Ottoman Uniforms
Ottoman Uniforms


General a-la Suite

Right - An Ottoman court general a-la suite uniform (around 1900).

Aides-De-Camp to the Sultan 

Right - The 1876 Aiguillette for Aides-De-Camp to the Sultan - was a unique item of rank insignia, Not only used in its conventional sense, as a working symbol of a staff-officer’s authority, it was also granted as an honour to various officers. The Annuaire oriental du commerce, de l'industrie, de l'administration et de la magistrature (Constantinople 1891) held at the Bibliothèque Nationale de France, annually published the full index of the Imperial Ottoman Government and this actually listed, not only the Feriks (or Generals of Division), whom were entitled Aides-de-Camp Honraires, to the Sultan. In the Ottoman Turkish empire the aide-de-camp was considered to be a title of honour; The Annuaire oriental du commerce, (Constantinople 1891), included in this list all the Lieutenants, Captains etc who were also entitled ‘Aides-de-Camp Honraires’.

Among the Aides-de-Camp Honraires, to the Sultan there are some notable foreign officers, such as:

  • Baron vonderGoltz, who was instrumental in the reform of the Ottoman Turkish army and its modelling after the German Army.
  • Ristow, who was an artillery officer. He had arrived with Goltz. It was under Ristow’s direction in 1885, that the final defensive system for the Dardanelles was completed, creating a fortification system that forced the Allied decision to ultimately attack Gallipoli, in 1915. His uniform was the subject of an earlier Armourer (Flaherty, C. (2011) An Ottoman Turkish Generals’ Jacket. The Armourer Militaria Magazine, Issue 106 July-August, 2011: 25-28).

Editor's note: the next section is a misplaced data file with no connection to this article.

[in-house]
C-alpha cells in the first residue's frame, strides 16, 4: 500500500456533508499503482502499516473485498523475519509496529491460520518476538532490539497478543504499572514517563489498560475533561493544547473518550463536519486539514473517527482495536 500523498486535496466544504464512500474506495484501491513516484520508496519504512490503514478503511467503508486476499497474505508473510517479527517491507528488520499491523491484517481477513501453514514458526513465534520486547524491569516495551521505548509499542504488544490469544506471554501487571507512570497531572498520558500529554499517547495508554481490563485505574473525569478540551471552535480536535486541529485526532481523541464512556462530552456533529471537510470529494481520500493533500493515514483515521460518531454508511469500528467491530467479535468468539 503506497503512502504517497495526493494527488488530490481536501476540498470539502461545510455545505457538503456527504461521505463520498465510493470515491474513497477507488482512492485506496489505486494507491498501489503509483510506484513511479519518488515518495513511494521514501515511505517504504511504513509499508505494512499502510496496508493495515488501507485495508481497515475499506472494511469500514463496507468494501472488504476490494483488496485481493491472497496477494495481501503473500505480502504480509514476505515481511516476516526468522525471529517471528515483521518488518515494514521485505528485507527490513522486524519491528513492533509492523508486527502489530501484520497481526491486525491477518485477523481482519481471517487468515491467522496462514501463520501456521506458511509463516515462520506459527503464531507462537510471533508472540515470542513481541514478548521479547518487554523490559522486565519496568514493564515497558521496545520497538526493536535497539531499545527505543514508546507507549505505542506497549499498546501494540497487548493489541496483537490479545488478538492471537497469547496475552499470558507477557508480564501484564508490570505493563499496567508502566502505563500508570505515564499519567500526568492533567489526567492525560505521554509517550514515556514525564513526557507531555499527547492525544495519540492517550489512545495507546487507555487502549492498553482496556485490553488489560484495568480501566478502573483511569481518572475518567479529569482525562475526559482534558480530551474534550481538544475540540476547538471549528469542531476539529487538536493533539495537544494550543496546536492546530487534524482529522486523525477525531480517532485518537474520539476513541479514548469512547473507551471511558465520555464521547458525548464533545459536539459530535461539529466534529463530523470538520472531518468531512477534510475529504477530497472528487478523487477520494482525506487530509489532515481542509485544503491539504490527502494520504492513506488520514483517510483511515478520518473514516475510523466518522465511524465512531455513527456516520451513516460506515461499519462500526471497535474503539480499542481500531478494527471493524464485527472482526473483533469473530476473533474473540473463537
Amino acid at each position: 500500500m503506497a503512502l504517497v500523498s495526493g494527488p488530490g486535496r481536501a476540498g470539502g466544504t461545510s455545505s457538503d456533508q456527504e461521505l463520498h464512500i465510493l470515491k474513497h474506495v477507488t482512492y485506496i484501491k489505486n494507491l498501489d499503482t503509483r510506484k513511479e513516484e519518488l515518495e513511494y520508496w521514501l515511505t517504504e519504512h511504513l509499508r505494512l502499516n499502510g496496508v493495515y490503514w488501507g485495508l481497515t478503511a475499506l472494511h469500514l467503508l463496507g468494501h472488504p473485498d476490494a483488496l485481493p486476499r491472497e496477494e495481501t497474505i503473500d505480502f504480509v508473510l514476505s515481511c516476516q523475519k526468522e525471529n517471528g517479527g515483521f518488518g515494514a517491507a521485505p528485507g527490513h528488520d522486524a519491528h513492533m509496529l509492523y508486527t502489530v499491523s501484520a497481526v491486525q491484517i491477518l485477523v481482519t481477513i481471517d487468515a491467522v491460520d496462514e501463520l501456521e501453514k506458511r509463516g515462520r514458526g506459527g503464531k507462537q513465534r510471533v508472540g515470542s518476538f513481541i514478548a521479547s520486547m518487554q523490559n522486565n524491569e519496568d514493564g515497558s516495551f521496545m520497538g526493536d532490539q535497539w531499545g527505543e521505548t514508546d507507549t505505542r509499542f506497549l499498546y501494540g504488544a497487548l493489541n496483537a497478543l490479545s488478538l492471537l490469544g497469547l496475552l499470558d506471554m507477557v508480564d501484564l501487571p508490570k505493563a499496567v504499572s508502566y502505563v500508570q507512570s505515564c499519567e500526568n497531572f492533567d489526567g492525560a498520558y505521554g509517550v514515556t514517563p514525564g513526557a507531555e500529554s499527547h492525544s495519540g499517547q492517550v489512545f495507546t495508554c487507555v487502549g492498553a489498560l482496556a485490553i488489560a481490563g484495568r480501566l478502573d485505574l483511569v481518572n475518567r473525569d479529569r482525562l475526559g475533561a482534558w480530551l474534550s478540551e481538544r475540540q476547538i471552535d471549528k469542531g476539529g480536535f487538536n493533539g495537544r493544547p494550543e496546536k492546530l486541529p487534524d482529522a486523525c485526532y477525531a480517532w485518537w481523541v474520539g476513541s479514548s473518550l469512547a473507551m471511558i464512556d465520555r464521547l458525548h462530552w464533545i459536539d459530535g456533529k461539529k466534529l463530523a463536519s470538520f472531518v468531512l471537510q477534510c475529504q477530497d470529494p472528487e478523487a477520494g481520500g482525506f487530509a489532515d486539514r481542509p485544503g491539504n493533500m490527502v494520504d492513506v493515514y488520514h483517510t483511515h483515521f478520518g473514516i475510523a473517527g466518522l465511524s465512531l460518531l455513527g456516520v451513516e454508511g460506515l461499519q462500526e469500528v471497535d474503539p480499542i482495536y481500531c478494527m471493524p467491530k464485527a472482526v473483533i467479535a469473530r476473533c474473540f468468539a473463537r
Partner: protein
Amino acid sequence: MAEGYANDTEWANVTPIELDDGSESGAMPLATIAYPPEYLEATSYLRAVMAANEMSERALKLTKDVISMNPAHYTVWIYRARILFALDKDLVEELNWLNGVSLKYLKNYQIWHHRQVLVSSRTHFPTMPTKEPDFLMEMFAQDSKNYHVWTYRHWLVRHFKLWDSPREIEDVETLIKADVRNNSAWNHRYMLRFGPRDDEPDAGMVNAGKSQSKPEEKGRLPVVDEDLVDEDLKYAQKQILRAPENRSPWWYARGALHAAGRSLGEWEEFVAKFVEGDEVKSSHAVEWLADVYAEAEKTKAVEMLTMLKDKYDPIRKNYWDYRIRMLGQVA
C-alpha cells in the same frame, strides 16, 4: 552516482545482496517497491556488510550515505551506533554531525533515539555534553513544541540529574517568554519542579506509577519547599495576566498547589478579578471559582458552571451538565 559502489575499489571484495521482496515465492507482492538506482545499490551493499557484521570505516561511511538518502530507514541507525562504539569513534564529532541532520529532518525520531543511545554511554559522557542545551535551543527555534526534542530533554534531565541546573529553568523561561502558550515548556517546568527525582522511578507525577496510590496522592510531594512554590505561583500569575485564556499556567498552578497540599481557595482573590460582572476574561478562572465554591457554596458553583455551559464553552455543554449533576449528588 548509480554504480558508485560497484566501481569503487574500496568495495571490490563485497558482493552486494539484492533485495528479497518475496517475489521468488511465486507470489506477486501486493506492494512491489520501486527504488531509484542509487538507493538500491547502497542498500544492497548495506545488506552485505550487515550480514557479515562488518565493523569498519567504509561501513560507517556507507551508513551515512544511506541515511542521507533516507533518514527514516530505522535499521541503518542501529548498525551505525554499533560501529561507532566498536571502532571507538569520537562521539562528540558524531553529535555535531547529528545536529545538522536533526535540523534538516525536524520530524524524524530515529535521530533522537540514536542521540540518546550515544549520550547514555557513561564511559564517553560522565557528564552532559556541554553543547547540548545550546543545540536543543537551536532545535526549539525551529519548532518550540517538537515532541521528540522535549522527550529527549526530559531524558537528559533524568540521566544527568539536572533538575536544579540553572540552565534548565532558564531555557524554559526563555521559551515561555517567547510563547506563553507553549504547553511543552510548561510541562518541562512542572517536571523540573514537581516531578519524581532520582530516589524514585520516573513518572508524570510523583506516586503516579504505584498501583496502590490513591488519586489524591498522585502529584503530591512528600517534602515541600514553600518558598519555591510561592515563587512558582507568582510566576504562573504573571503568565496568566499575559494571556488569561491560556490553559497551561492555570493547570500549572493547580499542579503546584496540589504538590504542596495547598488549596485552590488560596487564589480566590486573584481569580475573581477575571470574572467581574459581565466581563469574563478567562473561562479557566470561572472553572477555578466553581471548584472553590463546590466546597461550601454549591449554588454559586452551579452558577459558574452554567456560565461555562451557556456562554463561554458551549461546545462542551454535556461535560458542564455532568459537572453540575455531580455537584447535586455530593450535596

• Vice-Admiral Woods (Sir Henry Felix, 1843–1929, KCVO). Woods, was a British Royal Navy officer, and was attached to the British Embassy in the Ottoman Empire, when he joined the Imperial Ottoman Navy. He received the rank of Admiral. He was Aide-de-Camp for some years to Sultan Abdul Hamid II. He was awarded the Medjidie and Osminieh orders. He died in 1929, in Constantinople.

There was a high level of importance associated with the role. It appears as well, that the title raised the status of these officers. Ottoman Turkish military ranks carried a corresponding aristocratic title. In the case of a Lieutenant’s rank this was normally “EFFENDI”. However, in the Annuaire, the named Lieutenants, who are entitled ‘Aides-de-Camp Honraires’, end their names with the aristocratic title of “BEY”, which was normally intended for the MAJOR rank and above.

Above - Various 'Aides-De-Camp to the Sultan' Uniform Insignia:

A: Gold Cuff Star: In the personnel service of the Sultan (see G-H).

B: Gold Cuff Star and Crescent: Aides-De-Camp to the Sultan.

C: The Hamidiye Corps Commander, a Divisional General as Aides-De-Camp to the Sultan; as well, the Chief of the Bashi-Bazouk, as Aides-De-Camp to the Sultan.

D: Army officers up to, and including the rank of Miralai (Colonel), as Aides-De-Camp to the Sultan.

E: Birinji-Ferik (General), Ferik (Army Lieutenant-General or Navy Vice-Admiral), or Liva (Major-General or Rear-Admiral), as Aides-De-Camp to the Sultan.

F: Soldier, 1st Albanian Regiment of the Imperial Guard (1890-1908), as Aides-De-Camp to the Sultan.

G: Soldier, from the Sultan's Palace Guard (1900-1908), as Aides-De-Camp to the Sultan.

H: Officer, from the Sultan's Palace Guard (1900-1908), as Aides-De-Camp to the Sultan.

I: Imperial Navy Liva (Rear-Admiral), as Aides-De-Camp to the Sultan.

J: Imperial Navy Ferik (Vice-Admiral), as Aides-De-Camp to the Sultan.